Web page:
1. Be honest about what you’re afraid of
The most effective horror speaks not to the general, but the personal – even the confessional. It’s the result of careful thought and deep honesty about what you really fear. Unexpectedly, the best way to write a universal fear that will appeal to (meaning terrify) many people is not to go broad, but specific. Dig deep and write what you’re really afraid of.
2. You don’t have to show the monster
Sensory description is great, but don’t try to describe everything. Particularly not the worst part. Your reader’s imagination will fill in the thing that they find most awful – so take them right to that precipice, with hints and sensory description – and then leave them to fill in the gaps.
3. Learn from horror
There’s a world of horror out there for you to learn from. When reading, if you feel tense, anxious, horrified, deliciously thrilled – stop and look at why. Try to analyse the techniques of description, pacing, characterisation, setting and mood that achieve this effect.
4. Take inspiration from other genres
You want your horror to be scary – but also emotional, engrossing, vivid, resonant, and a really good story. Analyse other genres to find what you can use in your horror fiction. Romance can teach you how to write strong relationship conflict. Fantasy and science fiction can teach you how to effectively world-build. Literary fiction can teach you how to experiment with language. Poetry can teach you how to be succinct.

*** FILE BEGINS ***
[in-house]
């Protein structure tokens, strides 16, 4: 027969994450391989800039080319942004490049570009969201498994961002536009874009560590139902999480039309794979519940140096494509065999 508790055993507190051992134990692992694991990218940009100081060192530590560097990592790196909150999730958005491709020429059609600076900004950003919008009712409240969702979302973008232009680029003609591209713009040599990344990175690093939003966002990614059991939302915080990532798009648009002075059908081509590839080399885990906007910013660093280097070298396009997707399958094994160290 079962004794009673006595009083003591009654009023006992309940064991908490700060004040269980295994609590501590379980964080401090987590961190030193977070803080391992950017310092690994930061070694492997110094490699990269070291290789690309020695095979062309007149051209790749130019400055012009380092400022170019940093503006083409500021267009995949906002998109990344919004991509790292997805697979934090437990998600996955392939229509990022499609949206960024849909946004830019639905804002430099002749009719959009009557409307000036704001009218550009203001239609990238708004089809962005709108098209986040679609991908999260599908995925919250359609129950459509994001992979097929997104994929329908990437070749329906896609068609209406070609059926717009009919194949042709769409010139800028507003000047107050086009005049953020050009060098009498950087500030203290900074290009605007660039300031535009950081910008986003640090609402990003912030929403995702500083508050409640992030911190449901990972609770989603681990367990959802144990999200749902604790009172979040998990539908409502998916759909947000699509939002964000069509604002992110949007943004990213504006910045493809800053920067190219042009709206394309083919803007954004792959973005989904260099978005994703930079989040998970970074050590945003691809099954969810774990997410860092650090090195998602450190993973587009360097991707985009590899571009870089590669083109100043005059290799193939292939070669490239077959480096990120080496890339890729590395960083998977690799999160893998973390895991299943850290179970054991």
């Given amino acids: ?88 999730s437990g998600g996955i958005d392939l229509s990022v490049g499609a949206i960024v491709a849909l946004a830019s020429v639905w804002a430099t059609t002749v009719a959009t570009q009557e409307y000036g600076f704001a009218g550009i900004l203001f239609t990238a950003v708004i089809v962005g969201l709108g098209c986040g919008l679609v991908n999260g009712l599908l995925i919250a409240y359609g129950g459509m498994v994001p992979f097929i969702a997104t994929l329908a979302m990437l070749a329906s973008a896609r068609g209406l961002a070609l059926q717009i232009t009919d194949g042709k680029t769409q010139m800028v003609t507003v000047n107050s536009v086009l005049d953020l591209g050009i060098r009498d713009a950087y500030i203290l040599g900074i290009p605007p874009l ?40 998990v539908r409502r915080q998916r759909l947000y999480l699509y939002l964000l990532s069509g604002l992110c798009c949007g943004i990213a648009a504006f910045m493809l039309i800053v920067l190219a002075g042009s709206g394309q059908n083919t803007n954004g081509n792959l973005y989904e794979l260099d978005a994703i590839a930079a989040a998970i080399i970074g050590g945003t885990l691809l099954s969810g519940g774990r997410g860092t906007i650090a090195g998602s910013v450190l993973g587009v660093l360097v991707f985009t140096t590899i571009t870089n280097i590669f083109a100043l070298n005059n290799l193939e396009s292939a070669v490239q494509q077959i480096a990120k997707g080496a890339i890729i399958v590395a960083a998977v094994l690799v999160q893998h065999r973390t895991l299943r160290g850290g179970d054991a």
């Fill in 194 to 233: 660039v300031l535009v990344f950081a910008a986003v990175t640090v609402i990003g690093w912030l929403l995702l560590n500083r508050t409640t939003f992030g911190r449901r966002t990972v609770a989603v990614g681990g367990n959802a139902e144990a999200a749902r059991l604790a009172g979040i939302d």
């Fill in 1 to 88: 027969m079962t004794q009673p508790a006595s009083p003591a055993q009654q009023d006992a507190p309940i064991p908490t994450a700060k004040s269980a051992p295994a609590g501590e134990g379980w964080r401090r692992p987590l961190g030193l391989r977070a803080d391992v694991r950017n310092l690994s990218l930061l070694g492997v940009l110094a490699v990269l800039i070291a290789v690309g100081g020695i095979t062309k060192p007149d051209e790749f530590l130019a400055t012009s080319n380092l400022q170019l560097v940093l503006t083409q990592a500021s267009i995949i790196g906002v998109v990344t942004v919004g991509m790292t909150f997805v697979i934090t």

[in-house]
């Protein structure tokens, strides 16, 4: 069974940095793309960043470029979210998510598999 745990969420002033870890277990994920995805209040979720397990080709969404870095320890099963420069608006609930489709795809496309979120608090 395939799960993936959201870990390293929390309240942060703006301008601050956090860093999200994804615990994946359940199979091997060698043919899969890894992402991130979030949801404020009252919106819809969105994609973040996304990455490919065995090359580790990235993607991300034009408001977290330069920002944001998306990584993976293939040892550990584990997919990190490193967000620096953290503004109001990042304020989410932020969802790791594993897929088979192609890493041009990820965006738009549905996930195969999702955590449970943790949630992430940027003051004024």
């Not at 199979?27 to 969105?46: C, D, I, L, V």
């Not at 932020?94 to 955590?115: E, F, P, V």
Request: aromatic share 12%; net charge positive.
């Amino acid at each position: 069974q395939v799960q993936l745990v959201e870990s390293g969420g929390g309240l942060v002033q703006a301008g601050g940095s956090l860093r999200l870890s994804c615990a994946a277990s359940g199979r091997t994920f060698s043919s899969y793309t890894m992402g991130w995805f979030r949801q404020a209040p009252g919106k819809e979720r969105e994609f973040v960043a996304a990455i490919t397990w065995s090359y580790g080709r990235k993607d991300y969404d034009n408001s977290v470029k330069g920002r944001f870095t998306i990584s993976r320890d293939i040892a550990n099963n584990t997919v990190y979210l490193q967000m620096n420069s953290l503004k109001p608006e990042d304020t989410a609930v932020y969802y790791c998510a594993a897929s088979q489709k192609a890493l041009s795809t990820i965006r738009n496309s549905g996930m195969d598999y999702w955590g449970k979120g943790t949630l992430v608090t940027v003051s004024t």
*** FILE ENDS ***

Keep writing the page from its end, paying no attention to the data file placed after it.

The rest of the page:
5. Consider the source of your horror
Outdated sources of horror include anything foreign or unfamiliar, a dark figure, a rural community, someone with a missing limb or a scarred face – but do we really want to say that those things are the source of all evil? It’s not just about morality, it’s also about our powers of observation. When we look at our world, is it the above people doing the damage? Or is it a person who looks like a figure of power, like a person trusted in the community – or even like ourselves?
Kirsty Logan is the award-winning author of six books, most recently Things We Say in the Dark, a collection of feminist horror stories recently optioned for TV. She also wrote and presented a 10-part series for BBC Radio 4, A History of Ghosts. Her next publication is an original audio novel for Audible, an Arctic-set ghost story, The Sound at the End (due for release October 2021).